Benchmark Dose Software (BMDS)

# Choice of Model

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Dose-response models are expressed as functions of dose, possibly covariates, and a set of
constants, called parameters, that govern the details of the shape of the resulting curve.
They are fitted to a data set by finding values of the parameters that adjust the predictions
of the model for observed values of dose and covariates to be close to the observed response.
Dose-response models for toxicology data are usually of the type called "nonlinear" in
mathematical terminology. In a linear model, the value the model predicts is a linear
combination of the parameters. For example, in a linear regression of a response *y* on dose,
the predicted value is a linear combination of *a* and *b*, namely *aX1 + bXdose*.
Note that quadratic or other polynomial models are linear models because, despite having quadratic
or cubic terms, they are still a linear combination of parameters. Nonlinear models are usually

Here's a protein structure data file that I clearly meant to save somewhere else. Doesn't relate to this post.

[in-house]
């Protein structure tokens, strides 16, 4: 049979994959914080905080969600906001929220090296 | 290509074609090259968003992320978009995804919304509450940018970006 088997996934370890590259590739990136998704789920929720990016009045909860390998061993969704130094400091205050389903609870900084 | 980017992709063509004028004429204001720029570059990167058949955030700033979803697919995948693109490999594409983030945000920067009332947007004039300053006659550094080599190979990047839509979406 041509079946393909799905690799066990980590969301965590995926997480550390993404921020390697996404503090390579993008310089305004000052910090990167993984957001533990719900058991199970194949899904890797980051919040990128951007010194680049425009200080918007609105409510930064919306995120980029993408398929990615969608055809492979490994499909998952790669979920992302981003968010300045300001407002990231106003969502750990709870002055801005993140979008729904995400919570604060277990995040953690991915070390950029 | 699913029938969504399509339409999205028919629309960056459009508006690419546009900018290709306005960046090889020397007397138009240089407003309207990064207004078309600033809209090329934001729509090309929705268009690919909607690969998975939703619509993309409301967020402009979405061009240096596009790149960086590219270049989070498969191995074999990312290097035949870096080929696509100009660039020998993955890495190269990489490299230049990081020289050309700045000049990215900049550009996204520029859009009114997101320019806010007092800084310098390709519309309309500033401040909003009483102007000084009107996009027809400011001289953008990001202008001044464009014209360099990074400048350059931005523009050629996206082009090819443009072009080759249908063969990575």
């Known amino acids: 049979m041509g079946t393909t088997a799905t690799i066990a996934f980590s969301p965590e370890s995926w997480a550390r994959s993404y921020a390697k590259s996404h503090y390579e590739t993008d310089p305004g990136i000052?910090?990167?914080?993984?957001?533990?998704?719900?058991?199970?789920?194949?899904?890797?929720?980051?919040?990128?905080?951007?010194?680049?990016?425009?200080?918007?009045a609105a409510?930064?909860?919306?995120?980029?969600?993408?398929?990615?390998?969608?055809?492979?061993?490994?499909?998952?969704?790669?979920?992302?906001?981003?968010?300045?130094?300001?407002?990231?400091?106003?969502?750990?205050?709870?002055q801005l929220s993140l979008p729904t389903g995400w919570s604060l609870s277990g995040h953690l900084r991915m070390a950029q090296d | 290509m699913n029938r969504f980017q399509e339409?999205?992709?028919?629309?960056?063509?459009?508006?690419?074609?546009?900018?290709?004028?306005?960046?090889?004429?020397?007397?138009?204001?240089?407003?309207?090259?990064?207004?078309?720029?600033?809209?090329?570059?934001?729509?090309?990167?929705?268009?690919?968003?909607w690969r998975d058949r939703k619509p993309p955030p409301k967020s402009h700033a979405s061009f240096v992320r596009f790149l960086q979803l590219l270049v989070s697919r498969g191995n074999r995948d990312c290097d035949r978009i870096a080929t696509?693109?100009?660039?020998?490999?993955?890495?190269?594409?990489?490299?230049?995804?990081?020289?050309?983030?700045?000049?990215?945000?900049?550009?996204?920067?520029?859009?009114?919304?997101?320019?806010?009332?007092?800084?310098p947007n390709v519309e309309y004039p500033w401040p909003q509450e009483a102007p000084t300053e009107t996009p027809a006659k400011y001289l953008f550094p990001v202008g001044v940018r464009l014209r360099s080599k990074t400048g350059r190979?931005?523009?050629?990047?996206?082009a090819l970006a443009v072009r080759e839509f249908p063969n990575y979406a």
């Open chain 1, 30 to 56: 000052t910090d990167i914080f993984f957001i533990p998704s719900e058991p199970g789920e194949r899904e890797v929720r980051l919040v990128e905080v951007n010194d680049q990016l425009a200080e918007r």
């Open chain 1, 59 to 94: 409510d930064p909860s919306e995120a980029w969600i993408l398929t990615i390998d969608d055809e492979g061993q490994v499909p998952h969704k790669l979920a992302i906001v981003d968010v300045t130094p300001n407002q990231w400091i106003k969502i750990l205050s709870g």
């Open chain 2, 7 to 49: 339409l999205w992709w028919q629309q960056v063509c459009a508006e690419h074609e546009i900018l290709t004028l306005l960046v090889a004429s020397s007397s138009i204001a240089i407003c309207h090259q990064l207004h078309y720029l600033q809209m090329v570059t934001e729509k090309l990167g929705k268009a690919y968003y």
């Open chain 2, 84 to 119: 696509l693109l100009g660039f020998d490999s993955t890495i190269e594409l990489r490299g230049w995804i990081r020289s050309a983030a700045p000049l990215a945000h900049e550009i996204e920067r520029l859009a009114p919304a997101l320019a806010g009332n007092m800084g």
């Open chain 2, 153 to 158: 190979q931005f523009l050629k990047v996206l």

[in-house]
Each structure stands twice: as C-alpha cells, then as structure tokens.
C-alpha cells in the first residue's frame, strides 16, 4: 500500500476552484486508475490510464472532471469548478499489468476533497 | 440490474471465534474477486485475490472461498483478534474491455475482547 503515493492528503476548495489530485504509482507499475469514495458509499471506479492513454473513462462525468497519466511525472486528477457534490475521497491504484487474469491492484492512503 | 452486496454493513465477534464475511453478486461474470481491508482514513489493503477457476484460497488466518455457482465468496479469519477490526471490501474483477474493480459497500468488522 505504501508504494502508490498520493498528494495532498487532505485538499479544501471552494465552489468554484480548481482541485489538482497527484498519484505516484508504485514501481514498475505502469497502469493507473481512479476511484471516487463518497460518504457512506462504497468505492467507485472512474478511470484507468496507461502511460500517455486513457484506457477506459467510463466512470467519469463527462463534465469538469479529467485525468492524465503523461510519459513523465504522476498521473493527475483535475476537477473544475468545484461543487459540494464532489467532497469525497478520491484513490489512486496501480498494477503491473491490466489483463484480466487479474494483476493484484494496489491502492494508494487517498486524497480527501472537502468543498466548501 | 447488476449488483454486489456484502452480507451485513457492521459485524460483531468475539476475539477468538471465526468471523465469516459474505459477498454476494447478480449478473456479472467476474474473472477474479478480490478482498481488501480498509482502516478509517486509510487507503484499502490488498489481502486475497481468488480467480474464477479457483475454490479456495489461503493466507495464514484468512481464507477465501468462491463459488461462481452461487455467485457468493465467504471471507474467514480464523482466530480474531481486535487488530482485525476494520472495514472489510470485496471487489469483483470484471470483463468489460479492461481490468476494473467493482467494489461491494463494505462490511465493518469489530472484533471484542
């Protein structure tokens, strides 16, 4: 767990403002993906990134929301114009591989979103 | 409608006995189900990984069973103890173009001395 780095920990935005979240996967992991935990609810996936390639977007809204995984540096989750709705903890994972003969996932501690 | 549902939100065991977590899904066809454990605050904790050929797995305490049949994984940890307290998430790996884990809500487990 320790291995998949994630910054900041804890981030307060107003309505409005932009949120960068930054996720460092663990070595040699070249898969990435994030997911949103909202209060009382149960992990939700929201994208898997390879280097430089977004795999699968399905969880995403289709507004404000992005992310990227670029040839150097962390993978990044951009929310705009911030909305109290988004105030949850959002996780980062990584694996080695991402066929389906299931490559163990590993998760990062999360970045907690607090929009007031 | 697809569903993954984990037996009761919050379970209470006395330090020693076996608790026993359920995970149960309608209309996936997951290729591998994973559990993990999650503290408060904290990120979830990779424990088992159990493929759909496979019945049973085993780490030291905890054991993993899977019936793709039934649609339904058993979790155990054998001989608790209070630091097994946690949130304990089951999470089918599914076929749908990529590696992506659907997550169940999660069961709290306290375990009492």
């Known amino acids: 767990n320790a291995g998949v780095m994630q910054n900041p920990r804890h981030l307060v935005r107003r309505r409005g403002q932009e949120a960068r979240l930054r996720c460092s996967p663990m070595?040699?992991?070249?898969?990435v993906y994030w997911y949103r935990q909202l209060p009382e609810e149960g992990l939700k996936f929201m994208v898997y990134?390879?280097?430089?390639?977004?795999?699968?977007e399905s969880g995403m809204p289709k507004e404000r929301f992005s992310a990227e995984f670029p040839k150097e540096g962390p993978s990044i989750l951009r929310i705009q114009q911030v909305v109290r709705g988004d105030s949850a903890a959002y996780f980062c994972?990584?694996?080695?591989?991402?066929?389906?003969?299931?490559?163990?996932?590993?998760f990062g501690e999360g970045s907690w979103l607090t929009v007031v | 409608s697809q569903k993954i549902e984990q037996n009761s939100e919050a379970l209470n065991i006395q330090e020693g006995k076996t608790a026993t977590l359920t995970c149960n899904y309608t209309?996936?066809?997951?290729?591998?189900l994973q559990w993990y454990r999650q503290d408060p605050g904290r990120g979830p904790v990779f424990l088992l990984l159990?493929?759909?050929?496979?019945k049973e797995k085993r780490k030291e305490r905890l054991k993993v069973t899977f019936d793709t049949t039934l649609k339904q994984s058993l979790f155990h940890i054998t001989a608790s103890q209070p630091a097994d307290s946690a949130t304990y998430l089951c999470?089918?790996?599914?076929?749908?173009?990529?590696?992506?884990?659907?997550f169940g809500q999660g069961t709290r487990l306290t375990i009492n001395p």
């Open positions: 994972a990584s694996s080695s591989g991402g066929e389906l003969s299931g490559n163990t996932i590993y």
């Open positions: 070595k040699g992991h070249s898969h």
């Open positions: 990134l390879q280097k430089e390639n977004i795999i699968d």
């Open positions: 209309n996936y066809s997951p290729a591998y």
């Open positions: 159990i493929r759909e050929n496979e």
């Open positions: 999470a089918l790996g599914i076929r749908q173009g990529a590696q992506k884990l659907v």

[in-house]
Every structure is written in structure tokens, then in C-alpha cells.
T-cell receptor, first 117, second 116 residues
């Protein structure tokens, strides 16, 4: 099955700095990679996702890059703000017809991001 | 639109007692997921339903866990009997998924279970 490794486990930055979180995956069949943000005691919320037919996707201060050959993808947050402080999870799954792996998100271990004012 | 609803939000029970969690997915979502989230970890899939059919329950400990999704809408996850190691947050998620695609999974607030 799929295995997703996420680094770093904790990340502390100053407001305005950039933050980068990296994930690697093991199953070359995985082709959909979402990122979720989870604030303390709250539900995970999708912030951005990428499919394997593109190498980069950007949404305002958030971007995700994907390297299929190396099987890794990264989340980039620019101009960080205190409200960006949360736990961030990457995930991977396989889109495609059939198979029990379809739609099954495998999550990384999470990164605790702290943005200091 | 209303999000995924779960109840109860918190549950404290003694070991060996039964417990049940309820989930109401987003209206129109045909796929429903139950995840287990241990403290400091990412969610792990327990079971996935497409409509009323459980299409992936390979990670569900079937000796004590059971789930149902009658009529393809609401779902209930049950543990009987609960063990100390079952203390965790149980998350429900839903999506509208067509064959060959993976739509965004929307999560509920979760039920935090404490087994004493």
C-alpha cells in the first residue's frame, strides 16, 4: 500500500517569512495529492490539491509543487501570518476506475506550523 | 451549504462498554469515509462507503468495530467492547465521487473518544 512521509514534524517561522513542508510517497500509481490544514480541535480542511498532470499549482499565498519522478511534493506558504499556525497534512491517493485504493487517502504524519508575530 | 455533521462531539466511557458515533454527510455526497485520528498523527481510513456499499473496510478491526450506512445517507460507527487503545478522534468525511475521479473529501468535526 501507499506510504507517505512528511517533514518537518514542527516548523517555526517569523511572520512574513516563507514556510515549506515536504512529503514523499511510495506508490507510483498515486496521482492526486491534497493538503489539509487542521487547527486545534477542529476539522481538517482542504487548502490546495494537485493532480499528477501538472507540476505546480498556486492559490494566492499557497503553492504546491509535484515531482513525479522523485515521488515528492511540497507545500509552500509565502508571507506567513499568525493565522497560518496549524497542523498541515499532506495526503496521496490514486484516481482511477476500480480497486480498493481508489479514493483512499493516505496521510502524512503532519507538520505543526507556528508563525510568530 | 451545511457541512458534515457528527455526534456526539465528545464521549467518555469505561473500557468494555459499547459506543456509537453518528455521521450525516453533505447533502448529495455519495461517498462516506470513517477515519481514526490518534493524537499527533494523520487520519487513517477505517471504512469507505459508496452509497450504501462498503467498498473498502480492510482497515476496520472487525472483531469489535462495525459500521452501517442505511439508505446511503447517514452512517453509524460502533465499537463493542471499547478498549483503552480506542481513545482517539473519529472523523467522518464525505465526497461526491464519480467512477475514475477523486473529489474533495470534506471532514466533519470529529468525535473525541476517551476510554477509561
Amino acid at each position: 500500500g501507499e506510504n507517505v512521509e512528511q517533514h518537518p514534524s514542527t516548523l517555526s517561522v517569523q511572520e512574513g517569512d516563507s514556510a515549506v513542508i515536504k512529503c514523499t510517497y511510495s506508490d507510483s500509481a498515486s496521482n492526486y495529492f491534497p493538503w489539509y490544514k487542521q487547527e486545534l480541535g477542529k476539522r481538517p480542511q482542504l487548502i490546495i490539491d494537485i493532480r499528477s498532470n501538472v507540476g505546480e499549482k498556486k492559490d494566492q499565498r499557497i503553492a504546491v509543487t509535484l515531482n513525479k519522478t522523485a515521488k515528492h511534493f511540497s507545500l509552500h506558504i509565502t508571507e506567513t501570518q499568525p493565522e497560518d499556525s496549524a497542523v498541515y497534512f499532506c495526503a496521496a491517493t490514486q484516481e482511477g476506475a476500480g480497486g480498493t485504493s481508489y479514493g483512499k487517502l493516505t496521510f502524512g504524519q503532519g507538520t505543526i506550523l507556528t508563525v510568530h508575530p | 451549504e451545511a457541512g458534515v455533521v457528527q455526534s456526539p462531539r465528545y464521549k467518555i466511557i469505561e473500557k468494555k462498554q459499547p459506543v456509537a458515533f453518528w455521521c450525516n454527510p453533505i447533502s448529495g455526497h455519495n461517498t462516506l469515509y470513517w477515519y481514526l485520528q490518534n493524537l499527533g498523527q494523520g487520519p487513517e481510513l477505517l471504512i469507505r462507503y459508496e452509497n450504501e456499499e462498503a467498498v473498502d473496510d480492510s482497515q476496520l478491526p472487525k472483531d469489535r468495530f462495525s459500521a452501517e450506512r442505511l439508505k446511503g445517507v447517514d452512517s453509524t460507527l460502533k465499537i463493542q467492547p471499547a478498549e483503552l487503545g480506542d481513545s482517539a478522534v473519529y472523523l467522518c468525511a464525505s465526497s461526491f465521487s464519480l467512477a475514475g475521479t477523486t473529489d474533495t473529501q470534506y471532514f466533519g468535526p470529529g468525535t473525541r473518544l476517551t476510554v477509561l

more difficult to fit to data, requiring more complicated calculations, and statistical inference
is more typically approximate than with linear models.

At the present, although biological models may often be expressed as nonlinear models (e.g., Michaelis-Menten curves), nonlinear models do not necessarily have a biological interpretation. Thus, criteria for final model selection will be based solely on whether various models describe the data, conventions for the particular endpoint under consideration, and, sometimes, the desire to fit the same basic model form to multiple data sets. Since it is preferable to use special purpose modeling software, EPA has developed software that includes several models and default processes as described in this tutorial.